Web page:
Perot helps honor Special Operator

By Henry Cunningham
Military editor

 

H. Ross Perot on Friday helped unveil a statue at Fort Bragg of the late Maj. Dick Meadows, whom he described as “a James Bond in real life.”

Perot
H. Ross Perot helps honor the late Maj. Dick Meadows. Perot paid for the $160,000 statue of Meadows at U.S. Army Special Operations Command headquarters on Fort Bragg.
Staff photo by Elizabeth Darwin Gatlin

Lt. Gen. Peter Schoomaker said at the ceremony that Meadows was “one of the world’s greatest special operators .”Meadows, who died in 1995 at age 64, fought in the most secret special operations units of the Vietnam War and led teams on missions into Laos and North Vietnam. Gen. William Westmoreland awarded him the first battlefield commission of the war. Meadows was a leader of the unsuccessful 1970 Son Tay raid to rescue U.S. prisoners of war from North Vietnam and helped Col. Charlie Beckwith form the Delta Force at Fort Bragg in the late 1970s. During the 1980 attempt to rescue U.S. hostages in Iran, Meadows infiltrated into Tehran and posed as an Irish businessman to provide information to the U.S. rescue forces. He managed to escape Iran after the rescue was called off. “Someone in one of the speeches today said there should be a movie or a book about his life,” Perot said after the ceremony. “There should be, because the American people have no idea. He really did these things that you see movie stars play the role doing.” Perot paid for the $160,000 statue on the Meadows Memorial Parade Field at the U.S. Army Special Operations Command headquarters near Yadkin and Reilly roads. The parade field adjoins the memorial plaza where stands the statue of the Special Forces soldier widely known as “Bronze Bruce.” The 8-foot-tall, 900-pound bronze statue of Meadows is on a pedestal about 4 1/2-feet tall. It took about a year to complete, the sculptor said. Perot, who has been a strong supporter of special operations, said he first met Meadows when, at the request of the chairman of the Joint Chiefs of Staff, he visited the Son Tay raiders to thank them for their efforts. “Seldom in our lives are we privileged to know an individual of Dick Meadows’ stature,” said Gen. Hugh Shelton, commander in chief of U.S. Special Operations Command at Tampa, Fla. An award is being established in Meadows’ honor for special operations soldiers, sailors and airmen for “extraordinary heroism,” Shelton said. “Dick was the ultimate soldier,” said retired Gen. Wayne A. Downing, former commander of the U.S. Special Operations Command, U.S. Army Special Operations Command and the Joint Special Operations Command.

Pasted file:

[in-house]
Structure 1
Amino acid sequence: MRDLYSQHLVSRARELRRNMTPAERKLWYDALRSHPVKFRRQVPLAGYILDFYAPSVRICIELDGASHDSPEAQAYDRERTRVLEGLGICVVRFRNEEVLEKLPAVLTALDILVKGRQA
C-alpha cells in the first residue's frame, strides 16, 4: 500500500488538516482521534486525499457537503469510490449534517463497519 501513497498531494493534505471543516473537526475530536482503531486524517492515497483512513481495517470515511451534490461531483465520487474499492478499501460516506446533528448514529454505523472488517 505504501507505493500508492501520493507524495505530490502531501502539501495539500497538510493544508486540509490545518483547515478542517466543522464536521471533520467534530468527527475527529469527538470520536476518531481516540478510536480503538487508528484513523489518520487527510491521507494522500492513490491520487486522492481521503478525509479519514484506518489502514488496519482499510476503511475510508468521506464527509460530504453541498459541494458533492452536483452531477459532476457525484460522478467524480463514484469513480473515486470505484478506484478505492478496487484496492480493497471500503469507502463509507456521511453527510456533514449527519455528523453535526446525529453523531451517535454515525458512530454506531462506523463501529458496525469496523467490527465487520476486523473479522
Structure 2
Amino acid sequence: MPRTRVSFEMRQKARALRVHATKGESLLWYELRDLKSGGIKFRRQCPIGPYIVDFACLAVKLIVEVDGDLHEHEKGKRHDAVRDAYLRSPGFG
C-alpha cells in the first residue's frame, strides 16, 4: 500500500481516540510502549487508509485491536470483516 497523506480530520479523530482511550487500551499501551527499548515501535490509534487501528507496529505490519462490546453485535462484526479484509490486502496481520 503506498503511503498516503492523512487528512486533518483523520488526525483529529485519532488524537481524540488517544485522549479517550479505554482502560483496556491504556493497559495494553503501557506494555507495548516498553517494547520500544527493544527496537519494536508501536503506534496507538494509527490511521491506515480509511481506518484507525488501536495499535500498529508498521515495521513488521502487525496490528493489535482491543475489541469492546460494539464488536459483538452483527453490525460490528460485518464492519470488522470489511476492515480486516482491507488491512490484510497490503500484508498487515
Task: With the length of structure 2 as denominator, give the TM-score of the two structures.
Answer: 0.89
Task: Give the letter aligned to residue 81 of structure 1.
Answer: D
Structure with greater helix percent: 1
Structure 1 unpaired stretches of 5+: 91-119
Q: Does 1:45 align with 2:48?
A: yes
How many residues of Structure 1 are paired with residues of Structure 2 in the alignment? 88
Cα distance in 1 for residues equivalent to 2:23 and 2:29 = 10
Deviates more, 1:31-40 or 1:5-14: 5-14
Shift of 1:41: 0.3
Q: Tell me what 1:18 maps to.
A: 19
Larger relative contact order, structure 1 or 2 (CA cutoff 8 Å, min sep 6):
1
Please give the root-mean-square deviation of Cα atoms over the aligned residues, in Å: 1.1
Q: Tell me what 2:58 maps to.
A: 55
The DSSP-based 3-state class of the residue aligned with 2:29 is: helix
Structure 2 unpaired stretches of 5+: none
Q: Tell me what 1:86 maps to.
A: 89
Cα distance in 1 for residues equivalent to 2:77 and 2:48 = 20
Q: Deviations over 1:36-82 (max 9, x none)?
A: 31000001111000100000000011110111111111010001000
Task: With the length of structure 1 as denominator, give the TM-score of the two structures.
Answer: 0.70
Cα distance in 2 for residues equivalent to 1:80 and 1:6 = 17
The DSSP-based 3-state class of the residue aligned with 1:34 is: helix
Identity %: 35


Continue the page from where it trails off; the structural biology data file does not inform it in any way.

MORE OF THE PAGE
Meadows
The statue of Maj. Dick Meadows is unveiled Friday at Fort Bragg.
Staff photo by Elizabeth Darwin Gatlin

Meadows was “the standard by which we will judge every special operator,” Downing said. His widow, Pam, who lives in Florida, described Meadows as a quite, humble man who loved his grandchildren and served his country without hesitation. The sculptor was Lawrence M. Ludtke of Houston. “I received some wonderful help, wonderful photographs,” Ludtke said after the ceremony. “His son, Mark Meadows, was gracious enough to come to my studio and pose for me in the proper equipment. They provided me with everything I needed to make that as authentic as possible.” Retired Command Sgt. Maj. Joseph W. Lupyak, a Son Tay raider, said, “It’s an exact likeness. It’s unbelievable. It looks just like Dick.” Retired Sgt. Maj. Don Davis, said “He doesn’t have a hat on. Dick didn’t like to wear a hat.” The statue carries a CAR-15 on semi-automatic to fire three-shot bursts. “I understand he didn’t like to just spray (bullets),” the sculptor said. “He liked to keep it under control.” The left arm is down, the right arm is pointing a weapon. “He’s really just taking a short, cautious step forward,” Ludtke said. “His left arm is saying, ‘There’s some danger ahead. If you stay back, I’ll take care of it.’ ” The statue wears no insignia. “He’s depicted here as if he’s going on a mission,” the sculptor said. “There’s no insignia and no indication of rank, Army unit or anything. All of the metal pieces on there are covered so that they don’t have any reflection. “Everything is as authentic as I can make it. Everything is exactly as he would wear going into combat.”